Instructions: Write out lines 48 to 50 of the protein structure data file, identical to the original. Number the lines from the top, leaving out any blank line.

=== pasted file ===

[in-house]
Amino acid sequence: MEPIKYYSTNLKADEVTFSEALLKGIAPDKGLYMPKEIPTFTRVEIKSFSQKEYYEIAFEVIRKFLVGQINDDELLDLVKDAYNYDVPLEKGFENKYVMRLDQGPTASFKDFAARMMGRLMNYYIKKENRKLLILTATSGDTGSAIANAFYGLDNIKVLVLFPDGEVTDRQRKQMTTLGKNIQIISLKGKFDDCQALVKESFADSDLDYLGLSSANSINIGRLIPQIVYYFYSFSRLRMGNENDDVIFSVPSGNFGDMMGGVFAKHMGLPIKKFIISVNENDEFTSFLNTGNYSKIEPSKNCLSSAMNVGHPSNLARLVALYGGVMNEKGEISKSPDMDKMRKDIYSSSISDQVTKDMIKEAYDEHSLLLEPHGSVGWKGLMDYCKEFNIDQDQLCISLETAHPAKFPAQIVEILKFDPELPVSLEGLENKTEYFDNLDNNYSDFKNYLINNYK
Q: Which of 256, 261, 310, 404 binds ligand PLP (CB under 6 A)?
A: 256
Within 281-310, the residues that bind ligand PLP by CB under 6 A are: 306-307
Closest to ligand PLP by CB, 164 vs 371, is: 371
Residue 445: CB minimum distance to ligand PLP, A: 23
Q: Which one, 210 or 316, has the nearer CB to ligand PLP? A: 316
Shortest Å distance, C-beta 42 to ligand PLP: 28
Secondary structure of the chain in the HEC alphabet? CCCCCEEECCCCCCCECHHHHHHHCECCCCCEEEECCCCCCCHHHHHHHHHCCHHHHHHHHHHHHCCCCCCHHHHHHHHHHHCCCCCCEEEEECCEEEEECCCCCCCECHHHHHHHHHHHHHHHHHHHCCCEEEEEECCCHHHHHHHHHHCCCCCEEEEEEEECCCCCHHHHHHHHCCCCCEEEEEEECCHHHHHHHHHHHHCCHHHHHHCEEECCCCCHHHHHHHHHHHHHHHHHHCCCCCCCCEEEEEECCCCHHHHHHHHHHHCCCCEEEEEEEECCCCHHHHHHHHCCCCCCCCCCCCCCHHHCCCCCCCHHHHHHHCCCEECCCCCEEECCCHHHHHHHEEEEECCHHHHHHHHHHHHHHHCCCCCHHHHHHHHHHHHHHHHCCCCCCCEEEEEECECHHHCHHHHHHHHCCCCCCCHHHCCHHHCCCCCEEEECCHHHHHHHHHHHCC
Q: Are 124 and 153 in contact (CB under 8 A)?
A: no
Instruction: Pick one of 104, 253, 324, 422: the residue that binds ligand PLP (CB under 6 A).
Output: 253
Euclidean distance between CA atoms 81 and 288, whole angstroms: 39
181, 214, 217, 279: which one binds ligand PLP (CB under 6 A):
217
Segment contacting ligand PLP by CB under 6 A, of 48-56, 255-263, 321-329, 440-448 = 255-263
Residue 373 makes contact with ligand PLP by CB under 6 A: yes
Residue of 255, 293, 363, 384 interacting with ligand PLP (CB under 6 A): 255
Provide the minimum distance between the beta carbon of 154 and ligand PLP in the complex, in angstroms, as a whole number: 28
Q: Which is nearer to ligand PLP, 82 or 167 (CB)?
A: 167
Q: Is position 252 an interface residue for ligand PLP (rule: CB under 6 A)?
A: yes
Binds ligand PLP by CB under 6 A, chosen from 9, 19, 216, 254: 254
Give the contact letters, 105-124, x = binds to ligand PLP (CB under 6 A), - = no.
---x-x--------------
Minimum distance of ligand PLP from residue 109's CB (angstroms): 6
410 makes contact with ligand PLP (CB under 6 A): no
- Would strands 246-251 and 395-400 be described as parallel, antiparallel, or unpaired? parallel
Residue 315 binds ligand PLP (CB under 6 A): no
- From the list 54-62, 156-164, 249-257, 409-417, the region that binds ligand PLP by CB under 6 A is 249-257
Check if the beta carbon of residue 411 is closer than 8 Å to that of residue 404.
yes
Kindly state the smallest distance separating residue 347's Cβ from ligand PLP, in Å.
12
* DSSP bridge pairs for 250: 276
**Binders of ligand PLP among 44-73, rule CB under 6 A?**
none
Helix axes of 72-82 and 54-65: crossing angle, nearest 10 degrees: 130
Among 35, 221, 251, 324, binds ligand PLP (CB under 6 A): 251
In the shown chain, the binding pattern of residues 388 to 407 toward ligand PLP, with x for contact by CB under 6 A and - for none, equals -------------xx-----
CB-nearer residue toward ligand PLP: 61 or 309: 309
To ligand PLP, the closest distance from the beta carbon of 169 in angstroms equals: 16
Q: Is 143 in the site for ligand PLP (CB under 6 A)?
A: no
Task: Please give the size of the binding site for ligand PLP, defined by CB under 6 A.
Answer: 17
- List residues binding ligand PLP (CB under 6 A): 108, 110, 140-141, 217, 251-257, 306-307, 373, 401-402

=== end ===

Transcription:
Task: Please give the size of the binding site for ligand PLP, defined by CB under 6 A.
Answer: 17
- List residues binding ligand PLP (CB under 6 A): 108, 110, 140-141, 217, 251-257, 306-307, 373, 401-402